In this photograph taken on 29 July 2018 supporters of former Pakistani premier Nawaz Sharif shout slogans as Sharif arrives to the cardiac centre at the Pakistan Institute of Medical Sciences in Islamabad. Former Pakistani premier Nawaz Sharif, jailed earlier this month over graft charges, has fallen sick inside prison and is being moved to hospital, a minister said on 29 July. — AFPPakistan’s World Cup cricket hero Imran Khan is set to become prime minister of the nuclear-armed nation of 207 million, with an economy inching toward crisis and perennial conflict on its borders.Running the country will take considerable statecraft from Khan’s relatively inexperienced party. He brings charisma, international name recognition and a sizeable election victory, though not enough to form a majority government.But critics say his star is diminished by sympathy towards extremists, and the unsportsmanlike nature of his win, which is widely alleged to have been fixed for him by Pakistan’s generals.His first challenge is cobbling together a coalition.Here is a rundown of the issues Khan and his Pakistan Tehreek-e-Insaf (PTI) party will face once at the political crease.- Demagogue or democrat? -Khan has spent much of his political career as a populist agitator promising change rather than actually passing laws.”Imran Khan has been his own man. He doesn’t even go to parliament,” said political commentator Fasi Zaka. “He’s been practised in protest for five years.”PTI, meanwhile, has only ever governed in a provincial setting. The learning curve at the national level will be steep.His success could depend on the coalition his party manages to form, and whether the outgoing Pakistan Muslim League-Nawaz and once-powerful Pakistan People’s Party (PPP) end up joining hands in opposition.Analysts have said it should be straightforward for Khan to form a coalition with independents and small Islamist parties, as they know he is favoured by the powerful military.But he has already created unease by pandering to Islamists during the campaign, and such a coalition could fuel fears his government will cater to the religious right.- Relations with military -To Khan’s rivals, he is the military’s “blue-eyed boy”.However he will not be the first premier to take office on good terms with the armed forces. The fate of the last elected prime minister Nawaz Sharif, once favoured by the generals only to be ousted and jailed, should prove a cautionary tale.There have long been questions over the extent to which the military, which has ruled Pakistan for roughly half its history, wanted to work with the mercurial Khan — and how much it simply wanted to install a pliant government that — unlike Sharif’s — would not challenge its power and policies.”When he wants to wield power, does it converge with the military or clash?” asked retired general and analyst Talat Masood. “I think it’s a big question mark.”- Economy -All indicators suggest Khan’s government will immediately have to approach the IMF for what would be the country’s 13th bailout from the fund.”Exports are down, debt is up, the macro indicators are pretty poor,” said Sehar Tariq with the US Institute of Peace.But an IMF bailout would likely hamper his aim of creating an Islamic welfare system, at least in the short-term.The other option may be further borrowing from China.But there are already concerns about Pakistan’s ability to hold up its end of an opaque deal that is seeing Beijing pour billions in investment into the country.- Corruption -When Khan first entered politics in the mid-90s, his goals were straightforward — rein in endemic corruption and weed out the venal political elite.But before the election he stirred controversy by bringing in so-called “electables” — politicians with huge vote banks but without clean records on corruption.Catering to theses electables and newly-minted coalition partners while trying to excise corruption may prove difficult.PTI has also vowed to force Pakistanis to pay their taxes — but there is a long way to go, with only around one percent of the population complying.”People don’t pay taxes because they see how our ruling elite spends that money,” said Khan during a victory speech last week.”I will protect the people’s tax money.”- International relations -Pakistan is surrounded by enemies, has fallen out with its tenuous ally the US and has become overly dependent on its relationship with Beijing, some analysts say.Khan has already vowed to rebalance Islamabad’s relationship with the US, months after US president Donald Trump suspended security aid over Islamabad’s alleged failure to target militancy along its borders.But, said Tariq, “the road to better relations with Pakistan and the US is not a direct road… it goes through Afghanistan.”And Afghanistan may prove a sore spot.Khan has criticised the role of the US there in the past, which is not likely to endear him to Washington now.He has also called for open borders — a stark contrast to his military’s highly-publicised efforts to build a costly fence to seal the frontier.Khan has also vowed to improve trade with arch-rival India and discuss disputed regions such as Kashmir, while reaching out to Beijing by invoking China as an example in his victory speech.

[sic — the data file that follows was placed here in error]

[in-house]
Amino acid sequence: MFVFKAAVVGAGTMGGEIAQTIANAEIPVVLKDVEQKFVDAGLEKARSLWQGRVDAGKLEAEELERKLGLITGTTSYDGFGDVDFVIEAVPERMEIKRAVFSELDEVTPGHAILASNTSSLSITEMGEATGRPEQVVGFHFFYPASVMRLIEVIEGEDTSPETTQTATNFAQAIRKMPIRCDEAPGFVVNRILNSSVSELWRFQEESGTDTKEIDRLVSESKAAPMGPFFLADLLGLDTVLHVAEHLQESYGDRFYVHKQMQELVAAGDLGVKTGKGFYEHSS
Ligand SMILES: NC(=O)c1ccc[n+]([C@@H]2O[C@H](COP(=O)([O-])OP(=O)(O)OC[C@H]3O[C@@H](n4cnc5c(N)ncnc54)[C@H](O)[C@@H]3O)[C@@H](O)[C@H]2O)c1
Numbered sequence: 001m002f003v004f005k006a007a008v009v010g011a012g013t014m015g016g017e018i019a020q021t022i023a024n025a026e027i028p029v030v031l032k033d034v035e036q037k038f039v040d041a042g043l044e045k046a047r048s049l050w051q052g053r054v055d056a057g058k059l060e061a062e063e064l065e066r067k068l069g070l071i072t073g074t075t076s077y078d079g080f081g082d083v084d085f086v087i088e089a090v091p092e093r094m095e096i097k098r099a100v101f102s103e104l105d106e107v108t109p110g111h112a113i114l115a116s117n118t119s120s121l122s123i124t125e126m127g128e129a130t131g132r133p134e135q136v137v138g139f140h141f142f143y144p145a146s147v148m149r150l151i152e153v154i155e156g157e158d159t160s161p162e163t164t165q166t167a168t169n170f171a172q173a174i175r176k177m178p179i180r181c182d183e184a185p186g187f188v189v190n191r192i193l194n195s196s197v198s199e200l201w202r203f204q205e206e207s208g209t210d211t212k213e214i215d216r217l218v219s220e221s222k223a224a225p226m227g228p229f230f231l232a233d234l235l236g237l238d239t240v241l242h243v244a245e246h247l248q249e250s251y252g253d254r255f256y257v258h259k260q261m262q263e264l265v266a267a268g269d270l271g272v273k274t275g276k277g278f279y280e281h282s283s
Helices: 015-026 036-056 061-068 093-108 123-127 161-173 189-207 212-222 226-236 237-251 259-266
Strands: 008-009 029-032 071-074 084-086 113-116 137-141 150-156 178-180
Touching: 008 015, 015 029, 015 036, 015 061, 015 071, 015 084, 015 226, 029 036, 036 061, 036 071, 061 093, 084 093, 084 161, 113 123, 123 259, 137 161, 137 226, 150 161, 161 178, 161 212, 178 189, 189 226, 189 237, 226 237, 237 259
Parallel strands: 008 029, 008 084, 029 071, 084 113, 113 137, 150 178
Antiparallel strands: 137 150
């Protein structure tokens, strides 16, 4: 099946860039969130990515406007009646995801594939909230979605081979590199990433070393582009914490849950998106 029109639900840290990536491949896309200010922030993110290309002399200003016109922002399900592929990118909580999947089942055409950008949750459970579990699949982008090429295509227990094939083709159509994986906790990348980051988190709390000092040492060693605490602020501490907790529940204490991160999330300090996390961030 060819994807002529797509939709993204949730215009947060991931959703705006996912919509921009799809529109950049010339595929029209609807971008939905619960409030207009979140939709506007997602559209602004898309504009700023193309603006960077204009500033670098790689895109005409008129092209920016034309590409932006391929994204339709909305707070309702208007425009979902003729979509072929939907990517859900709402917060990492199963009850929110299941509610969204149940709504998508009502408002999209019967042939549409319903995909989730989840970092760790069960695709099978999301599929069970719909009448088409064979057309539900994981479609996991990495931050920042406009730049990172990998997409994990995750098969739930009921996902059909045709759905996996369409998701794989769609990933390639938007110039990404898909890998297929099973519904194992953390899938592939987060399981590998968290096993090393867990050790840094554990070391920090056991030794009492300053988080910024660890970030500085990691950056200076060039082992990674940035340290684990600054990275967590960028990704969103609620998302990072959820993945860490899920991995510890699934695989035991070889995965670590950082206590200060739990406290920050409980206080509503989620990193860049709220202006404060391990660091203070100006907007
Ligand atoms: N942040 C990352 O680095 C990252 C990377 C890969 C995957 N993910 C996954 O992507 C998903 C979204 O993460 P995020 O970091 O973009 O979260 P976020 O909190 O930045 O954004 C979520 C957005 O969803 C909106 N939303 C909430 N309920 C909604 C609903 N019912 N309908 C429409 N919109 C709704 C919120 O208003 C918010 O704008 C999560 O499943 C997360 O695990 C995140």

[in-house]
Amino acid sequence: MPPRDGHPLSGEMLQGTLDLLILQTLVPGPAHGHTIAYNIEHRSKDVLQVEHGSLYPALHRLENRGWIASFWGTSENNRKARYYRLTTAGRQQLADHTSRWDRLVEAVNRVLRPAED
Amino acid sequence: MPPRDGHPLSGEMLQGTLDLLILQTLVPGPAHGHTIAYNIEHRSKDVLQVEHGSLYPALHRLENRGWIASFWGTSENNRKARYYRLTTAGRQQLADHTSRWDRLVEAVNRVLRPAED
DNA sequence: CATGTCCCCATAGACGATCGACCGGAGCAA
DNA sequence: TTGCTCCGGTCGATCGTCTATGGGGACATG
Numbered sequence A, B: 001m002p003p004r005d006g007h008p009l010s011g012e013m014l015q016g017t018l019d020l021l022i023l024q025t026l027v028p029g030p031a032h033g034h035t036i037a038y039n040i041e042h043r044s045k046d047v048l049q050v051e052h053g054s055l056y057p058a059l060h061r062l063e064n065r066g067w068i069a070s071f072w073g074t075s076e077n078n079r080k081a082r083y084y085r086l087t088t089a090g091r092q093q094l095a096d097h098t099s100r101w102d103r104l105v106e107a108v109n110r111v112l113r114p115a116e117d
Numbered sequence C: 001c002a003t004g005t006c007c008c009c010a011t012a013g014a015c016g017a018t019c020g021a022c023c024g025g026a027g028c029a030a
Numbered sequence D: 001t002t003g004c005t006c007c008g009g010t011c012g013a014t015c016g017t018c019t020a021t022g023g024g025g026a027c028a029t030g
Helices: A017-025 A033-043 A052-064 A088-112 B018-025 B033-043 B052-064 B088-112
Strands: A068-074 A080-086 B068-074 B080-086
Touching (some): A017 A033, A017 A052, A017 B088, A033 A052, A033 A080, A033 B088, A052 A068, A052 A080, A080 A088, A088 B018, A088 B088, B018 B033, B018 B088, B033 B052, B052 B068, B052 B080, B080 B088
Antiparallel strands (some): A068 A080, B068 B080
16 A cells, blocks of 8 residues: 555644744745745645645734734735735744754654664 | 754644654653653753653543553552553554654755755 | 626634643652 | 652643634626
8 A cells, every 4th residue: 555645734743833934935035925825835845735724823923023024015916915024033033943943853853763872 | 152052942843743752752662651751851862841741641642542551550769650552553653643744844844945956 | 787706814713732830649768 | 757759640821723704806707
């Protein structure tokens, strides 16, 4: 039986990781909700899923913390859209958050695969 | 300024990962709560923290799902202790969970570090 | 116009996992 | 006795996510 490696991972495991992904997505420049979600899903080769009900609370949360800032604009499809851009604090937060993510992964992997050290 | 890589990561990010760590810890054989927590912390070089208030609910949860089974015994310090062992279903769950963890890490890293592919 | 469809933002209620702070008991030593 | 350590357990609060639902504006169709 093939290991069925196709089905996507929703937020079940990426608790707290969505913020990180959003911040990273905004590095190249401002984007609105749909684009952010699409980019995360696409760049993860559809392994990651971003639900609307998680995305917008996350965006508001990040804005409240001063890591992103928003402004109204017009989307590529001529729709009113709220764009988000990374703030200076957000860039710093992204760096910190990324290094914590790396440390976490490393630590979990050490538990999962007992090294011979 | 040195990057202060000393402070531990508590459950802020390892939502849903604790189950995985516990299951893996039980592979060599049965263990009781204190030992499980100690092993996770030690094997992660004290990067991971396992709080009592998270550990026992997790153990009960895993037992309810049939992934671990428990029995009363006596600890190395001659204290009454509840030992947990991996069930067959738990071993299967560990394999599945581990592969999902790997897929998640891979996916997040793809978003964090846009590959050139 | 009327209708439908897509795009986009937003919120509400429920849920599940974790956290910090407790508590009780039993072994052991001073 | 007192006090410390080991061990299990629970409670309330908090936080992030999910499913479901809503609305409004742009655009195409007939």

Kolkata: Nabadiganta Industrial Township Authority (NDITA) organised a meeting-cum-workshop on solid waste management audit in Salt Lake Sector V on Thursday.Apart from senior officials of the industrial township authority, including its chairman Debashis Sen, representatives of various IT companies attended the meeting. The industrial township authority has proposed to segregate waste at source in Salt Lake Sector V. Wet waste include food waste, vegetable, fruit and fish scale, bones from meat and chicken, egg shells and flowers while dry waste include paper and cardboard waste, plastic waste, rubber and wood, glass, compact fluorescent lamp (CFL) lamp, LED lights and CD, foil, thermocol and used medicine Also Read – Bose & Gandhi: More similar than apart, says Sugata Bosestrips. The firms will have to keep two waste bins and urge people to dispose of the waste in respective bins. Nabadiganta Industrial Township Authority will collect wet waste from the offices in Sector V regularly while the dry waste will be collected on Mondays, Wednesdays and Fridays. Dry waste will be stored in AQ block. It was decided that solid waste management audit in big establishments would be held in June to find out whether these organisations follow solid waste management rules. The establishments will be ranked and the zero waste achievers will be awarded with certificates. Also Read – Rs 13,000 crore investment to provide 2 lakh jobs: MamataThe state Urban Development department has taken a decision to implement segregation of garbage at source throughout the state. In some municipalities the new method of collecting garbage has started. The civic bodies are giving two bins to each household where the residents are supposed to put the garbage in the proper bin. The wet waste is cleaned every day while the dry waste is cleared thrice a week. The representatives from WIPRO claimed that they had zero waste in their office. The representatives of another firm said they had zero waste in their Bangalore office and they would implement the same in Sector V soon. It may be mentioned that the Kolkata Municipal Corporation will soon start segregation of garbage at source as a part of the clean city drive. The New Town Kolkata Development Authority has introduced segregation of garbage at source in New Town to make it a green and clean city. The development authority had recently held a workshop for local residents to create awareness about the scheme.